The Egyptian Golf Federation (EGF) is the sports federation of golf in Egypt, working much like federations that govern football and other sports to regulate official aspects of the game such as rules and its players.
Since the advent of new golf courses in Egypt, Khaled Abou Taleb has headed the EGF, during that time he has also been head of the Arab Golf Federation. The year of 2008 saw Khaled stepping down and the government which holds the responsibility of appointing the new head selected Ayman Fathi.
Golf is unlike any other sport in Egypt. Until 1997, there were just three courses in Egypt, some more than 100 years old: Gezirah Sporting, Alexandria Sporting and the Mena House Oberoi s which witnessed British army officers playing in front of the Pyramids.
Over the years, some of the greens have slowly eroded or diminished as is the case in Gezirah Sporting Club which decreased its once 18-hole green to nine holes, forfeiting space for the youth club now adjacent to Gezirah Club. The greens were not fit for serious play, or serious competition. Golf for a short while was in danger of losing its appeal for both players and spectators, until resurgence in interest occurred.
Since 1997, 15 new private courses have been built as part of real estate or tourist developments. As of today, seven new courses are under construction, and at least eight more are in their initial stages of planning.
The game is popular among a growing number of Egyptians, an equal number of expatriates, and a rapidly growing number of tourists. In 1996, 10,000 rounds of golf might have been played on the three courses. In 2008, the number of rounds is approaching 200,000 on the 18 courses currently operating, about half the rounds played by tourists.
What will be Ayman Fathi’s priorities as the new head of the Egyptian Golf Federation?
Ayman would like to see a ‘culture of cooperation’ develop among the courses. It is evident from the numbers of courses and their potential to attract tourist golfers that a cooperative effort among the courses would have a significant impact on tourist income for both the courses and the country.
With 25 courses, the potential number of golf rounds in a year in Egypt is more than 1 million. The potential tourist income alone is hundreds of millions.
“Unlike other sports, golf is largely a business, Ayman points out. “The new courses are built around privately-owned real estate or tourist developments, and the courses need at least to break even as a business proposition.
Another high priority is youth golf. “As a sport in Egypt, golf is now mainly played by middle-aged or retired people, says Ayman. “Let’s be honest, we are no longer young nor have the fitness to be top golfers. The sport will not grow unless we encourage more young golfers. From now on, I would like to see all the major amateur tournaments in Egypt won by young golfers. When this happens, we will guarantee that the sport is growing.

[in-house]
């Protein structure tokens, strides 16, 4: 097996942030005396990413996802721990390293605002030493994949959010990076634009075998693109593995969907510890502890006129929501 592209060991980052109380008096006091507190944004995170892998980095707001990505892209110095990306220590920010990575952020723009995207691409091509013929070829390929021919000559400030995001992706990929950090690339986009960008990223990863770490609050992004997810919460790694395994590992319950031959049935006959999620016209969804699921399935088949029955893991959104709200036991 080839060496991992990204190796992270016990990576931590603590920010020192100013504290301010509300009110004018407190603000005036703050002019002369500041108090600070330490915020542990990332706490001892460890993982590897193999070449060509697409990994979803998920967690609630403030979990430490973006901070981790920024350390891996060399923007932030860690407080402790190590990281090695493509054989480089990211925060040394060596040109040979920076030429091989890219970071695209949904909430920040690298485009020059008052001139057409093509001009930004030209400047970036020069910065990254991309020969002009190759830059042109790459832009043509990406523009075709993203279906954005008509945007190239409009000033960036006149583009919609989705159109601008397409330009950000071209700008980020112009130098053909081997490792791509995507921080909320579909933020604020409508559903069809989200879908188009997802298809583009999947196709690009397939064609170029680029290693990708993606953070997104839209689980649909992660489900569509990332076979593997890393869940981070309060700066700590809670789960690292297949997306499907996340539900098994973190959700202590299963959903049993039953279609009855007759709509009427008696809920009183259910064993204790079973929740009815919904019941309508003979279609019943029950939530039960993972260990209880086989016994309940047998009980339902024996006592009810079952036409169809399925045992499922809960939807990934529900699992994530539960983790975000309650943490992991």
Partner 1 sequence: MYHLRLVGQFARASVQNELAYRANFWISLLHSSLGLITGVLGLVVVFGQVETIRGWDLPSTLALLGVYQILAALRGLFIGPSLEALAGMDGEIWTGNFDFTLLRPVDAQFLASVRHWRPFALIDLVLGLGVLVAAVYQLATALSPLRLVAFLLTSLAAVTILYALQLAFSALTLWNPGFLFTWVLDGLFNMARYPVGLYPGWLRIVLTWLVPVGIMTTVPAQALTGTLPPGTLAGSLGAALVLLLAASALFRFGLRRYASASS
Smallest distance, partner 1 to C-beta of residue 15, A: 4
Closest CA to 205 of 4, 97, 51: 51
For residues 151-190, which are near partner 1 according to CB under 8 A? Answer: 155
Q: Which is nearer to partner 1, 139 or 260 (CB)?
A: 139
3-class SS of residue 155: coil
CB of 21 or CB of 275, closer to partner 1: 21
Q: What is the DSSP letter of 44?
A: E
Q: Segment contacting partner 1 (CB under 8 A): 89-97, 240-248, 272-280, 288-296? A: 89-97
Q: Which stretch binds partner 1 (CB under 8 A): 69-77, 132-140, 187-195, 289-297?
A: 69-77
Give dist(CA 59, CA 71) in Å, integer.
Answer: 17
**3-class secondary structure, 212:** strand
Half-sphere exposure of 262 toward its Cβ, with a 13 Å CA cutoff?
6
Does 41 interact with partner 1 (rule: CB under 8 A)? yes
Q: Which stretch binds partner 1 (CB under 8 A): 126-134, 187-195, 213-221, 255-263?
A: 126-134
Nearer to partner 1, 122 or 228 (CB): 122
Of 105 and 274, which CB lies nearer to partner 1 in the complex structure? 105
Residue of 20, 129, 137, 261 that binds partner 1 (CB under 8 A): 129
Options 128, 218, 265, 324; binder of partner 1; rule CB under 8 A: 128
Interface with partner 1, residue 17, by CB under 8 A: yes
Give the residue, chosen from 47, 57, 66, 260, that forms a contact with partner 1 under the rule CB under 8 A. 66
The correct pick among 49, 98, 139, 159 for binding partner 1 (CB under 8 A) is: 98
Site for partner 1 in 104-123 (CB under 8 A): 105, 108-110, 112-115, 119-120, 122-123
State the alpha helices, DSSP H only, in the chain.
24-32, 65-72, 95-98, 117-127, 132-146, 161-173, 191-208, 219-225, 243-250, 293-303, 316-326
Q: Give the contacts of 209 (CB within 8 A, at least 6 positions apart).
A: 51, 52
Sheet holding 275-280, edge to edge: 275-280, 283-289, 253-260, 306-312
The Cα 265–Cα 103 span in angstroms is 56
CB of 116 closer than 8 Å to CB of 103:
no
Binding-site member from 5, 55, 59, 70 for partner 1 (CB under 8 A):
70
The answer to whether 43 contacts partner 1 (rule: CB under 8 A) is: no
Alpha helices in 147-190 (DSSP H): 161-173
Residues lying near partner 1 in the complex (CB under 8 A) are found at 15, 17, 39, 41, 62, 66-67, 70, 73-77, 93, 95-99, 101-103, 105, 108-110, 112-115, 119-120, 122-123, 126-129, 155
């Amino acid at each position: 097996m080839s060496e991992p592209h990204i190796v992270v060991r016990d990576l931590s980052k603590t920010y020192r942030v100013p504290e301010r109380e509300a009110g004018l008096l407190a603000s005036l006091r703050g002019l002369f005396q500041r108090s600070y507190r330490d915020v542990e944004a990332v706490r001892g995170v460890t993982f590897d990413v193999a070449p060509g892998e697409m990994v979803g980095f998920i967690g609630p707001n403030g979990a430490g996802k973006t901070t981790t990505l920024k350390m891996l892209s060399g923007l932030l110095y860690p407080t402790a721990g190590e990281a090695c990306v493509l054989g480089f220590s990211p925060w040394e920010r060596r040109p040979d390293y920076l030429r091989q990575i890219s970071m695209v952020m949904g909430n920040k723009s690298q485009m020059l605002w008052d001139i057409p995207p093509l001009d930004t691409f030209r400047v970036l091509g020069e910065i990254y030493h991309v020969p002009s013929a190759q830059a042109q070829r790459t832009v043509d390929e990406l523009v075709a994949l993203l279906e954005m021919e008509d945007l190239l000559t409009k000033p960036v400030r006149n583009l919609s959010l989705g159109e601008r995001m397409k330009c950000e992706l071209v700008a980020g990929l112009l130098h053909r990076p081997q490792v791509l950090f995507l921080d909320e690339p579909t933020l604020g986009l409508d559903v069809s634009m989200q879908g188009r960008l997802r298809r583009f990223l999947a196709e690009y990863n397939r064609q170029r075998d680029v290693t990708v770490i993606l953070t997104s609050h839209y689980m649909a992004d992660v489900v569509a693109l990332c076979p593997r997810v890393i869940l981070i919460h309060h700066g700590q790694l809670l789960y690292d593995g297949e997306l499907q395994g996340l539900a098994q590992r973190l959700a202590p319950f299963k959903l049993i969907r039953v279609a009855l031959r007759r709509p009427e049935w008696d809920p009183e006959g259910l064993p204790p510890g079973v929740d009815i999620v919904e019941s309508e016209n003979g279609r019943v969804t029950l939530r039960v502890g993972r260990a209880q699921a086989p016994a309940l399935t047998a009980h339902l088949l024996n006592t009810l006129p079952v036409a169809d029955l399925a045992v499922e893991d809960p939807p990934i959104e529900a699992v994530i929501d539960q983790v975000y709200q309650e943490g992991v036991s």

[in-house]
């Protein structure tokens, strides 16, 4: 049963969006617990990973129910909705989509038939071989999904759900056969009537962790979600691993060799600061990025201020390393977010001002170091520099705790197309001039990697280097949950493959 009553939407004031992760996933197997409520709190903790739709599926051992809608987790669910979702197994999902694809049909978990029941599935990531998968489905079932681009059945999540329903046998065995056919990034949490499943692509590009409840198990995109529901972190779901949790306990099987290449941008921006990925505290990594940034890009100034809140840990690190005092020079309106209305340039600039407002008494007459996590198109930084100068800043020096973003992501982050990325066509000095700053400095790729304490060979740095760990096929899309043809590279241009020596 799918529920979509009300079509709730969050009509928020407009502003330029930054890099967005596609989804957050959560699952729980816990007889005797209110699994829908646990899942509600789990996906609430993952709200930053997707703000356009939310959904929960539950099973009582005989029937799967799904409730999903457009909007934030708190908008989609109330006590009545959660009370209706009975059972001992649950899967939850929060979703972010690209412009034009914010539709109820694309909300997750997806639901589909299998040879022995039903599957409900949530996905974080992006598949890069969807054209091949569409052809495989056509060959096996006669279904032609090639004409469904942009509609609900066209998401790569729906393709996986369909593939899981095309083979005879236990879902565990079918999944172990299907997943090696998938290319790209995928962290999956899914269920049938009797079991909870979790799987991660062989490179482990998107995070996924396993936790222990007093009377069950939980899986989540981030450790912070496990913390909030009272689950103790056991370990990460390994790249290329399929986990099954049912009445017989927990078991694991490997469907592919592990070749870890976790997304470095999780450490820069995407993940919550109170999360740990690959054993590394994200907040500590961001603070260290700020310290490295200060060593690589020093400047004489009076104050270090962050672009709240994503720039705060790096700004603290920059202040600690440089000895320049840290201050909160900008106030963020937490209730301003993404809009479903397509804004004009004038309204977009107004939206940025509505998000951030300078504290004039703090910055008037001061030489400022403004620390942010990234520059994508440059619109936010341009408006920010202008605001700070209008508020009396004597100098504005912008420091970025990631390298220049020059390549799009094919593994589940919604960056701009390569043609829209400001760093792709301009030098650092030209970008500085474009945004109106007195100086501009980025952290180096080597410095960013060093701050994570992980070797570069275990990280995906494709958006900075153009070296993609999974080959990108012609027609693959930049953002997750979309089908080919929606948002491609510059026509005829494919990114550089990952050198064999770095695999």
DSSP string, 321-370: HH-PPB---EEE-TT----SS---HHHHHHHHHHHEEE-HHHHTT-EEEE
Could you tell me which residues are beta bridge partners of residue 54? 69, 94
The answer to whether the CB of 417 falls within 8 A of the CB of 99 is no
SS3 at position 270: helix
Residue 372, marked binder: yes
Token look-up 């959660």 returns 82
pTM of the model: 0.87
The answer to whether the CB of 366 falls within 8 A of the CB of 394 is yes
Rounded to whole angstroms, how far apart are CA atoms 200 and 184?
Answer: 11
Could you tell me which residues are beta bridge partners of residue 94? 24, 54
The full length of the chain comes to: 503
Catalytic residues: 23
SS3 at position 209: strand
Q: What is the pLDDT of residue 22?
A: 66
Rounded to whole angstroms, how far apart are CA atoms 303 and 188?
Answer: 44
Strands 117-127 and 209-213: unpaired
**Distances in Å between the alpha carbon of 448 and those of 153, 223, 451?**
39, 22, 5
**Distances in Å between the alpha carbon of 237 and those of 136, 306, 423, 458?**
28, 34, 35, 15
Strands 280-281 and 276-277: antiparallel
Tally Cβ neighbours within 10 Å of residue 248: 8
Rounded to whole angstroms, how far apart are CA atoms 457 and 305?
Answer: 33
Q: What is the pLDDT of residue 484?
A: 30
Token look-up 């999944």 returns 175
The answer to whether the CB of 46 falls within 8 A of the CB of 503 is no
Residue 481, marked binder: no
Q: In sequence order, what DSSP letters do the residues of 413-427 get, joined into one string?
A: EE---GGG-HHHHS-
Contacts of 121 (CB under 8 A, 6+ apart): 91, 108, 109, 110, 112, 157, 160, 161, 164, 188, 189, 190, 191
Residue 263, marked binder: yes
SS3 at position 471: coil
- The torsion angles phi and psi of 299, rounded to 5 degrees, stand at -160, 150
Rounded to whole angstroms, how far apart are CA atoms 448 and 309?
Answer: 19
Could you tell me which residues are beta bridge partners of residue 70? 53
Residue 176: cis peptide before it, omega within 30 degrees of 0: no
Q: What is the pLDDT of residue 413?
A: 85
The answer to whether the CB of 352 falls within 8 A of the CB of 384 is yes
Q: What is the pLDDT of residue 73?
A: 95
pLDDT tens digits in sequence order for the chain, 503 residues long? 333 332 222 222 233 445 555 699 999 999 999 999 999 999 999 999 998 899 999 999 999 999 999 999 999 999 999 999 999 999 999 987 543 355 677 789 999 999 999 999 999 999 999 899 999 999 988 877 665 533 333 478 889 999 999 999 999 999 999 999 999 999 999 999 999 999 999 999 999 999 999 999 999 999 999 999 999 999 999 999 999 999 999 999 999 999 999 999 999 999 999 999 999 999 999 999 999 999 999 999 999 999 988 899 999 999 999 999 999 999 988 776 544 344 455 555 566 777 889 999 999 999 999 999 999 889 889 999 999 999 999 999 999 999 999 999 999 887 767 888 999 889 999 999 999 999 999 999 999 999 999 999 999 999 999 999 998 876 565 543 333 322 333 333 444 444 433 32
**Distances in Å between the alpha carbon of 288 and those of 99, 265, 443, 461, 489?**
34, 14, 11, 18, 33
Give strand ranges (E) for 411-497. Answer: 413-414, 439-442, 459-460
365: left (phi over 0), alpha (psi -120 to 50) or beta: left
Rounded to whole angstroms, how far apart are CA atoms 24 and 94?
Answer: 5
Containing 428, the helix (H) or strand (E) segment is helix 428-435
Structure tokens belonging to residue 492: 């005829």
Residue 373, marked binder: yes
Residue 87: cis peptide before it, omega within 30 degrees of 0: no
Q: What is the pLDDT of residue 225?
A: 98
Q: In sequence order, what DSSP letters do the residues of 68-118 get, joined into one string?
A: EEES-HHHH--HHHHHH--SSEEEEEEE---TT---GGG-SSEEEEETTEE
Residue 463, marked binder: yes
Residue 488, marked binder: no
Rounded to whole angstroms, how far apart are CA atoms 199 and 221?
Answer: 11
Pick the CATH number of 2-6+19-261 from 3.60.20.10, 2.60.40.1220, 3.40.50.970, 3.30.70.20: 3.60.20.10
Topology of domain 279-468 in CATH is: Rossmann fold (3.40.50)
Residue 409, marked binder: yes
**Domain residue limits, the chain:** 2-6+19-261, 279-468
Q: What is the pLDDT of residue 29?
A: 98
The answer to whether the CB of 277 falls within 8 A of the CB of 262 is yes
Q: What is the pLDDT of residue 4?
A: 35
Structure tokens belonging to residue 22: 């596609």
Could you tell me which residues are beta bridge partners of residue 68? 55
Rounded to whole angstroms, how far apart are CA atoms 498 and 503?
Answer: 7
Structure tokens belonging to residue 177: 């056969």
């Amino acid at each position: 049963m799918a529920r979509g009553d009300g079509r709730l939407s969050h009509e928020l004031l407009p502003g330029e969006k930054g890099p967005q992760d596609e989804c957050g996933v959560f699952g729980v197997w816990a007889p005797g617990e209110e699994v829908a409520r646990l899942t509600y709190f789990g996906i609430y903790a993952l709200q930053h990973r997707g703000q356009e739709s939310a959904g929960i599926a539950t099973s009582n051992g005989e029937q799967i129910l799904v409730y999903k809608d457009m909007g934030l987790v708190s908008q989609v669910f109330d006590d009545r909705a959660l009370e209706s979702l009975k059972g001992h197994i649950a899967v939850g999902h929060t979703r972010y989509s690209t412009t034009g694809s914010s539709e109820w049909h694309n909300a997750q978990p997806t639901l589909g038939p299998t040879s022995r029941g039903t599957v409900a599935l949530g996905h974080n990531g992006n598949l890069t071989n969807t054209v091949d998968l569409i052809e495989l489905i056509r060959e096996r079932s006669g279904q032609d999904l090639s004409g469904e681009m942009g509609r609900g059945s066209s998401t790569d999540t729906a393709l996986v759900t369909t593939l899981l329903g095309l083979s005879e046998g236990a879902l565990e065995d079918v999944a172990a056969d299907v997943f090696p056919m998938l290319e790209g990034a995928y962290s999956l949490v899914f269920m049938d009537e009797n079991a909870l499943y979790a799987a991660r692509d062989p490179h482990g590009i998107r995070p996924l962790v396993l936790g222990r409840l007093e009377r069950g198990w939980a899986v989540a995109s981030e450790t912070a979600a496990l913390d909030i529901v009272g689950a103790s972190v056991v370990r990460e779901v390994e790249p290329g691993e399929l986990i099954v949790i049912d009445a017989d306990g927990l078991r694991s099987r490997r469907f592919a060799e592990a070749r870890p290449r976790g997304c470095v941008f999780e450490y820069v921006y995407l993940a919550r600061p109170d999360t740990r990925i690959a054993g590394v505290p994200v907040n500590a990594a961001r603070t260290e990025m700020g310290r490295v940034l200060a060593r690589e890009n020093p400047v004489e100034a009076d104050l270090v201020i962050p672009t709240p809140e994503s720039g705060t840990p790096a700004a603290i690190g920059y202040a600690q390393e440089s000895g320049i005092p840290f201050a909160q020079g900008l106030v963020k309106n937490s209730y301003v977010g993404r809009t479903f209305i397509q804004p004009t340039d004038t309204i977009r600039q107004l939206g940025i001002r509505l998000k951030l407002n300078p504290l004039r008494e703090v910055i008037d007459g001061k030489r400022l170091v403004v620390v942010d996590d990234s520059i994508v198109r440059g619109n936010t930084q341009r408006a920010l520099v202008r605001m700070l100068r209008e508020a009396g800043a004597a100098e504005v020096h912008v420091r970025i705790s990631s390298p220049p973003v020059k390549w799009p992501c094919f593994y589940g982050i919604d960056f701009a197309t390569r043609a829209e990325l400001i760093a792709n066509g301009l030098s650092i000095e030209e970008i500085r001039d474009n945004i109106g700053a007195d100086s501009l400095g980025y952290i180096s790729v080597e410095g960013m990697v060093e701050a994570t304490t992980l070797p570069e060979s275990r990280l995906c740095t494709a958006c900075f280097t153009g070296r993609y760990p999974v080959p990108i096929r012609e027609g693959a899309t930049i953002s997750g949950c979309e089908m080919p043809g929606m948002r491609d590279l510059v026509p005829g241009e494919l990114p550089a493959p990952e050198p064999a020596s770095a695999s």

At one time, Egypt dominated golf among the Arab countries. Egyptian teams in golf tournaments would bring home winning titles. This is no longer the case; Morocco, Bahrain, the Emirates, and even Saudi Arabia are winning titles. This is because they have invested in golf for young people.
“Egypt needs to recapture the dominance of golf at least amongst the Arab countries, says Ayman.
At present, most young golfers are the sons and daughters of those whom already play, many living in the new golf developments. “I would like to see a program that expands the number of young golfers, at least to include the children of the thousands of persons who work at the golf clubs says Ayman. Later on, the sport can potentially be introduced into the schools.
There are some ‘housekeeping’ matters the EGF needs to attend to, such as the handicapping system. In golf, par is the score a golfer should make on each of the 18 holes. The total par for the course is usually 72. A golfer’s handicap is the number of strokes more than par the golfer normally makes when he or she plays an 18-hole round. In Egypt, the maximum handicap is 36.
“Golf is a potentially dangerous game, Ayman points out. An errant shot can seriously injure another player, or a spectator. When someone takes up the sport, it is necessary to reach a certain level of proficiency before he or she is allowed to go out onto the course. In Egypt, that would be 72 plus 36 or 108. A golfer normally playing more strokes than 108 should not be allowed to play on the course.
“We need to have handicaps that are recognized throughout all the clubs in Egypt, Ayman says. To achieve this, the EGF will require slope ratings for the courses, followed by centralized handicapping. “Eventually, no golfer should be allowed to play in a competition without an EGF handicap, says Ayman.
To launch his term as EGF Chairman, Ayman plans to develop a master plan for golf in Egypt, including these priorities. It is a tall order; yet Ayman’s enthusiasm, dedication, and commitment to the game make it one that he and his new team can achieve.